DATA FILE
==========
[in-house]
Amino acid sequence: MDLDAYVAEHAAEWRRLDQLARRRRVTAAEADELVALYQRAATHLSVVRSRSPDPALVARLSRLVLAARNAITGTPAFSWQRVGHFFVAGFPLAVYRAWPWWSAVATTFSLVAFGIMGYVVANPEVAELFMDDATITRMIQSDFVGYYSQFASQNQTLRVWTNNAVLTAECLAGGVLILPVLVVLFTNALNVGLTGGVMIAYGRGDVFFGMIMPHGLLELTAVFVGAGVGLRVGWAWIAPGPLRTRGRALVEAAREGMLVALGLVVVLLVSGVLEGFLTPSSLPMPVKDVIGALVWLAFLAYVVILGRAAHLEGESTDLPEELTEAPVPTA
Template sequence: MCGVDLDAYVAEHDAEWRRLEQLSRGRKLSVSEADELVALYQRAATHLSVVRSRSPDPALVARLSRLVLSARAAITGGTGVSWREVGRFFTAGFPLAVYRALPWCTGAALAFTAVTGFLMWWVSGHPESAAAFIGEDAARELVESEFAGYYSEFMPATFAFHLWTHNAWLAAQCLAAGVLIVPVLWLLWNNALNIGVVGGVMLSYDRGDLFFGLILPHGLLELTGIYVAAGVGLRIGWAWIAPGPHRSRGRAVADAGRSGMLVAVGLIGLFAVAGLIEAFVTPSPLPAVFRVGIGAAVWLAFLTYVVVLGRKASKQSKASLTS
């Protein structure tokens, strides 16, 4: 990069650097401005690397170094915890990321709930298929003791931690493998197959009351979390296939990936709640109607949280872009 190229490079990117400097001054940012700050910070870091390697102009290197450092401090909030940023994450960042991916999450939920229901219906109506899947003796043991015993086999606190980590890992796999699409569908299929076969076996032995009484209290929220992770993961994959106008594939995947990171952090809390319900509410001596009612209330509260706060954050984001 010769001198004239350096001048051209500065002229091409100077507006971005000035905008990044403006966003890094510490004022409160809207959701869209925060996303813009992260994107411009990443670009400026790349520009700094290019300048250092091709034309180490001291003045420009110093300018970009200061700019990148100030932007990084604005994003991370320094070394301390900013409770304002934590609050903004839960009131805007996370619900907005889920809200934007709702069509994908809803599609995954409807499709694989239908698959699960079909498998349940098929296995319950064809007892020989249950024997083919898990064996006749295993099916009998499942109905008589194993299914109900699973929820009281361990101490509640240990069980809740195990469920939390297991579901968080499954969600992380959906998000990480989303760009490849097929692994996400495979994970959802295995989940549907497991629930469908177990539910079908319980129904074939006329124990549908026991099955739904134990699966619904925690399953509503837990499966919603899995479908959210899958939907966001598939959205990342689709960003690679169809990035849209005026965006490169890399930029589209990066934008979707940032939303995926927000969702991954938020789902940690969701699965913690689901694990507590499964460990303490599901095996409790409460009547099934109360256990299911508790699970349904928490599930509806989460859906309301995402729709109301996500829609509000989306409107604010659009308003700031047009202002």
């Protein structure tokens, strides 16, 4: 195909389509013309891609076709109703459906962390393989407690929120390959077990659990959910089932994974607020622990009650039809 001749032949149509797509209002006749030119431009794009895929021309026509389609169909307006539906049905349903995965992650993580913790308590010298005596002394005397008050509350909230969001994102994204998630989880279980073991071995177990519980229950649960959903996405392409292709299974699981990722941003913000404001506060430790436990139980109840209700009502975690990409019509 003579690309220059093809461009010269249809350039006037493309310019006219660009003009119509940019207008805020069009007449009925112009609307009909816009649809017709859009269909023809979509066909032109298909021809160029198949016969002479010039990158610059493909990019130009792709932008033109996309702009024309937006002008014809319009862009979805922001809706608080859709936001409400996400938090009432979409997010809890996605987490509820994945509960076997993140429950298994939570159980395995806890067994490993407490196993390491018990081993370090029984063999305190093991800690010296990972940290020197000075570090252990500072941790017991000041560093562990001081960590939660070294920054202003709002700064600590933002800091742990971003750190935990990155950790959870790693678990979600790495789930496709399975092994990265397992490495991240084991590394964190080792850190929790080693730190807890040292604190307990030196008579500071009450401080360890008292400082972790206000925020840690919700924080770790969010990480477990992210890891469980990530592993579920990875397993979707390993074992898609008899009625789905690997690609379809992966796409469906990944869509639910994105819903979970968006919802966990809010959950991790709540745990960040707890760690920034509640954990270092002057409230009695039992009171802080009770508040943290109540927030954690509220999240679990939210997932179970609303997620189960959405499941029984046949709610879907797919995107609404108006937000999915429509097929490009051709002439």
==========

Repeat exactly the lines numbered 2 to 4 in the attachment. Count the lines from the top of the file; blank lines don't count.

Amino acid sequence: MDLDAYVAEHAAEWRRLDQLARRRRVTAAEADELVALYQRAATHLSVVRSRSPDPALVARLSRLVLAARNAITGTPAFSWQRVGHFFVAGFPLAVYRAWPWWSAVATTFSLVAFGIMGYVVANPEVAELFMDDATITRMIQSDFVGYYSQFASQNQTLRVWTNNAVLTAECLAGGVLILPVLVVLFTNALNVGLTGGVMIAYGRGDVFFGMIMPHGLLELTAVFVGAGVGLRVGWAWIAPGPLRTRGRALVEAAREGMLVALGLVVVLLVSGVLEGFLTPSSLPMPVKDVIGALVWLAFLAYVVILGRAAHLEGESTDLPEELTEAPVPTA
Template sequence: MCGVDLDAYVAEHDAEWRRLEQLSRGRKLSVSEADELVALYQRAATHLSVVRSRSPDPALVARLSRLVLSARAAITGGTGVSWREVGRFFTAGFPLAVYRALPWCTGAALAFTAVTGFLMWWVSGHPESAAAFIGEDAARELVESEFAGYYSEFMPATFAFHLWTHNAWLAAQCLAAGVLIVPVLWLLWNNALNIGVVGGVMLSYDRGDLFFGLILPHGLLELTGIYVAAGVGLRIGWAWIAPGPHRSRGRAVADAGRSGMLVAVGLIGLFAVAGLIEAFVTPSPLPAVFRVGIGAAVWLAFLTYVVVLGRKASKQSKASLTS
């Protein structure tokens, strides 16, 4: 990069650097401005690397170094915890990321709930298929003791931690493998197959009351979390296939990936709640109607949280872009 190229490079990117400097001054940012700050910070870091390697102009290197450092401090909030940023994450960042991916999450939920229901219906109506899947003796043991015993086999606190980590890992796999699409569908299929076969076996032995009484209290929220992770993961994959106008594939995947990171952090809390319900509410001596009612209330509260706060954050984001 010769001198004239350096001048051209500065002229091409100077507006971005000035905008990044403006966003890094510490004022409160809207959701869209925060996303813009992260994107411009990443670009400026790349520009700094290019300048250092091709034309180490001291003045420009110093300018970009200061700019990148100030932007990084604005994003991370320094070394301390900013409770304002934590609050903004839960009131805007996370619900907005889920809200934007709702069509994908809803599609995954409807499709694989239908698959699960079909498998349940098929296995319950064809007892020989249950024997083919898990064996006749295993099916009998499942109905008589194993299914109900699973929820009281361990101490509640240990069980809740195990469920939390297991579901968080499954969600992380959906998000990480989303760009490849097929692994996400495979994970959802295995989940549907497991629930469908177990539910079908319980129904074939006329124990549908026991099955739904134990699966619904925690399953509503837990499966919603899995479908959210899958939907966001598939959205990342689709960003690679169809990035849209005026965006490169890399930029589209990066934008979707940032939303995926927000969702991954938020789902940690969701699965913690689901694990507590499964460990303490599901095996409790409460009547099934109360256990299911508790699970349904928490599930509806989460859906309301995402729709109301996500829609509000989306409107604010659009308003700031047009202002």